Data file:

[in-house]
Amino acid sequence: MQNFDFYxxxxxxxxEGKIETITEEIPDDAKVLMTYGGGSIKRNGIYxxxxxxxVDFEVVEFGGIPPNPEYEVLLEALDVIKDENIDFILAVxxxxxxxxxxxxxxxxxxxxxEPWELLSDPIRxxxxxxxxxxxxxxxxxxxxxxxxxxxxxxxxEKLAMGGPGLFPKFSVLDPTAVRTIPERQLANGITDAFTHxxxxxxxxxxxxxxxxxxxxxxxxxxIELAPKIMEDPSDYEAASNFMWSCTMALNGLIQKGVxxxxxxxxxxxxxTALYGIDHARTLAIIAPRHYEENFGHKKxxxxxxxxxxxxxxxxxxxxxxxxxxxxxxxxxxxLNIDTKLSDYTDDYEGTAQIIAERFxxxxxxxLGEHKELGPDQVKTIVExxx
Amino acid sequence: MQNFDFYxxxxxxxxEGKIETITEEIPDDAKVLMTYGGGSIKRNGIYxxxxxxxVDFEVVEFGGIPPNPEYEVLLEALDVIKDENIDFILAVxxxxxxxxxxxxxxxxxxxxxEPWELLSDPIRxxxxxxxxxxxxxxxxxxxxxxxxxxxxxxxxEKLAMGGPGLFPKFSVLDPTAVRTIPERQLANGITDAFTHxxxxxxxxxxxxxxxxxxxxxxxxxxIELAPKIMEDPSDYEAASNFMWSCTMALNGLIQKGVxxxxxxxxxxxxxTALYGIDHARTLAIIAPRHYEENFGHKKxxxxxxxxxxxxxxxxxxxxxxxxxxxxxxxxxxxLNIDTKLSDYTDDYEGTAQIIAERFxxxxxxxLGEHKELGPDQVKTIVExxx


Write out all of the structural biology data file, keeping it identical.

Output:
[in-house]
Amino acid sequence: MQNFDFYxxxxxxxxEGKIETITEEIPDDAKVLMTYGGGSIKRNGIYxxxxxxxVDFEVVEFGGIPPNPEYEVLLEALDVIKDENIDFILAVxxxxxxxxxxxxxxxxxxxxxEPWELLSDPIRxxxxxxxxxxxxxxxxxxxxxxxxxxxxxxxxEKLAMGGPGLFPKFSVLDPTAVRTIPERQLANGITDAFTHxxxxxxxxxxxxxxxxxxxxxxxxxxIELAPKIMEDPSDYEAASNFMWSCTMALNGLIQKGVxxxxxxxxxxxxxTALYGIDHARTLAIIAPRHYEENFGHKKxxxxxxxxxxxxxxxxxxxxxxxxxxxxxxxxxxxLNIDTKLSDYTDDYEGTAQIIAERFxxxxxxxLGEHKELGPDQVKTIVExxx
Amino acid sequence: MQNFDFYxxxxxxxxEGKIETITEEIPDDAKVLMTYGGGSIKRNGIYxxxxxxxVDFEVVEFGGIPPNPEYEVLLEALDVIKDENIDFILAVxxxxxxxxxxxxxxxxxxxxxEPWELLSDPIRxxxxxxxxxxxxxxxxxxxxxxxxxxxxxxxxEKLAMGGPGLFPKFSVLDPTAVRTIPERQLANGITDAFTHxxxxxxxxxxxxxxxxxxxxxxxxxxIELAPKIMEDPSDYEAASNFMWSCTMALNGLIQKGVxxxxxxxxxxxxxTALYGIDHARTLAIIAPRHYEENFGHKKxxxxxxxxxxxxxxxxxxxxxxxxxxxxxxxxxxxLNIDTKLSDYTDDYEGTAQIIAERFxxxxxxxLGEHKELGPDQVKTIVExxx